6. What do you miss most?
I miss the ease of speaking my native language. I’m not good at learning languages and being good with word is big part of my identity.  Even after eight years, I’m not myself in Portuguese.  None of my Brazilian friends know the real me.  They no a translated and edited version of me.

7. What did you do to meet people and integrate in your new home?  
Having a child did more to integrate me than anything else I’d done in Brazil.  Also, finding a job a liked and feeling successful professionally.  Proving that I could support myself in Brazil is necessary, gave me the confidence to quit my job and be supported.  (At least until I publish my first novel.)

8. What custom/ habits do you find most strange about your adopted culture?
You can’t put your purse or your bag on the floor.  If you go into a restaurant and set your bag on the floor next to your chair, a waiter will materialize instantaneously with a chair just for your purse. Some even have special purse stands they’ll bring to your table.  This is very nice but when the place crowded and chairs are scarce, I’m totally fine with my bag on the floor next to me.

9. What is a myth about your adopted country?
That all Brazilians love meat and soccer.  I married a vegetarian who has no team affiliation. And that Brazilians speak Spanish.  I’ve had to tell more than a few people that my husband speaks Portuguese.

10. Is the cost of living higher or lower than the last country you lived in and how has that made a difference in your life?
The costs of industrialized, imported, or luxury goods are generally a lot higher in Brazil than in the US.  I still do all of my clothes and tech shopping in the US.  Brazil has some of the most inflated prices in the world.  The BigMac index has a chart that compares price versus per capita GDP and there’s one red dot that shows a crazy expensive Big Mac in comparison to low-income population.  That dot is Brazil.  On the other hand, labor is incredibly cheap and even middle-income families can afford a full-time maid and, if necessary, nanny too.  My husband and I are the only family I our circle of friends without a nanny.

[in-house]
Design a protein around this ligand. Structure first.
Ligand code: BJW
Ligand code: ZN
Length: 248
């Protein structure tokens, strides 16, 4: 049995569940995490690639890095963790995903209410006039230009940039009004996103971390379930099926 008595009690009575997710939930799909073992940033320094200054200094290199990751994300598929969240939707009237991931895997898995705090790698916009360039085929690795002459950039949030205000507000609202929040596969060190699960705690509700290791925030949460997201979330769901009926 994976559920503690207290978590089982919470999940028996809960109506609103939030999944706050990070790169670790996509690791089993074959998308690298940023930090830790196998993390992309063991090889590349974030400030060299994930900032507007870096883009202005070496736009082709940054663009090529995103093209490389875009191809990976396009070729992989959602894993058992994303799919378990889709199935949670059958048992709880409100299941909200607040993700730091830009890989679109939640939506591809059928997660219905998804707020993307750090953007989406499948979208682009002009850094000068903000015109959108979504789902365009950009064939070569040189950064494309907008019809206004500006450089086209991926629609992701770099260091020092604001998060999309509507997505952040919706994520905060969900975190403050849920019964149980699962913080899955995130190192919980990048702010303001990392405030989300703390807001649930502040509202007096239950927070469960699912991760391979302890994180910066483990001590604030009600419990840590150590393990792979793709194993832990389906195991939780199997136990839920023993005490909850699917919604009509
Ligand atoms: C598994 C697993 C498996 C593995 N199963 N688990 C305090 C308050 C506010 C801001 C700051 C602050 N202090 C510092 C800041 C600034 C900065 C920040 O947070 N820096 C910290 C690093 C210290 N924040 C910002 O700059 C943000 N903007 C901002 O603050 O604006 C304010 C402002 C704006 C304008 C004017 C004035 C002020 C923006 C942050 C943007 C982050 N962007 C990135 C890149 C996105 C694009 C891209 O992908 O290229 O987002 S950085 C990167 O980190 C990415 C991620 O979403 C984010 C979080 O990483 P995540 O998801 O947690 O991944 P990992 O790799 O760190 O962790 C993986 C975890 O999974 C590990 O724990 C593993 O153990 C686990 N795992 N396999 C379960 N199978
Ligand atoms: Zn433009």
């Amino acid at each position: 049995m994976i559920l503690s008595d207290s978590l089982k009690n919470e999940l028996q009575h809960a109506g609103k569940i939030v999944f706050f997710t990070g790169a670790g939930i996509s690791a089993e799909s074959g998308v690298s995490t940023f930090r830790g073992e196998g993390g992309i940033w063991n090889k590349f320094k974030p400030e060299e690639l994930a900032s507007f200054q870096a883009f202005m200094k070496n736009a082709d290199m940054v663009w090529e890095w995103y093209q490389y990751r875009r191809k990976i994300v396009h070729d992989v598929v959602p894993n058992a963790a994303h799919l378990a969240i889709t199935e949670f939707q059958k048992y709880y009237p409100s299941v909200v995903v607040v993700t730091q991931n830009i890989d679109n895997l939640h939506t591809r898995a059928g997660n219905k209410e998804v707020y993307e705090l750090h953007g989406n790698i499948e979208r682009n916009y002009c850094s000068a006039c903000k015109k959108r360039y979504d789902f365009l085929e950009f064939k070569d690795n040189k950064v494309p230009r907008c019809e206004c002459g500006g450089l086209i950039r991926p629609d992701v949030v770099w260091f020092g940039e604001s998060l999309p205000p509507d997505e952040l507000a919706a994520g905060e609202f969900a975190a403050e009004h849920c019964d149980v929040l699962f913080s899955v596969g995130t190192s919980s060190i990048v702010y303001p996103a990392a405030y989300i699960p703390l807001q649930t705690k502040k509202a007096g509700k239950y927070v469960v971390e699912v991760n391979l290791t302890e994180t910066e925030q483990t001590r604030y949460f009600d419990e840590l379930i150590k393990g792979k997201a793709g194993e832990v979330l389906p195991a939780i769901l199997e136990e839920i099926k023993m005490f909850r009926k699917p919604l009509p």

11. What advice would you give other expats?
Learn Portuguese.  If you’re coming to Brazil, you have to learn some Portuguese before arriving.  Even in Rio, there aren’t a lot of English resources compared to other big cities.  Also, be patient.  Brazil is very bureaucratic and things get done when you “know a guy.”

12. When and why did you start your blog?   Coconut Water Brazil
I started my blog at the end of 2009, posted regularly, and built it to the point it was showing up on some “Best Blogs in Latin America” lists.  I was looking for a creative outlet and was trying out creative nonfiction writing.  Then I got my teaching job, had a baby, and gave up sleep.  Suddenly, there was no time or energy for a blog and I let it sit untouched four years. 

Now, I’m recommitted to writing as a career and I’m back to posting once a week.  I’ve missed it and I’m sure the world has missed my opinions on important matters like kids’ birthday parties and kitchen appliances in Brazil.

Blog LinkBrynn's blog, Coconut Water

Guide for expatriates in Rio de Janeiro, Brazil

To find out more about living in Brazil, refer to our

Guide to Rio


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Author: texkourgan
Part of the adventure since 2008. Drink, Travel, Write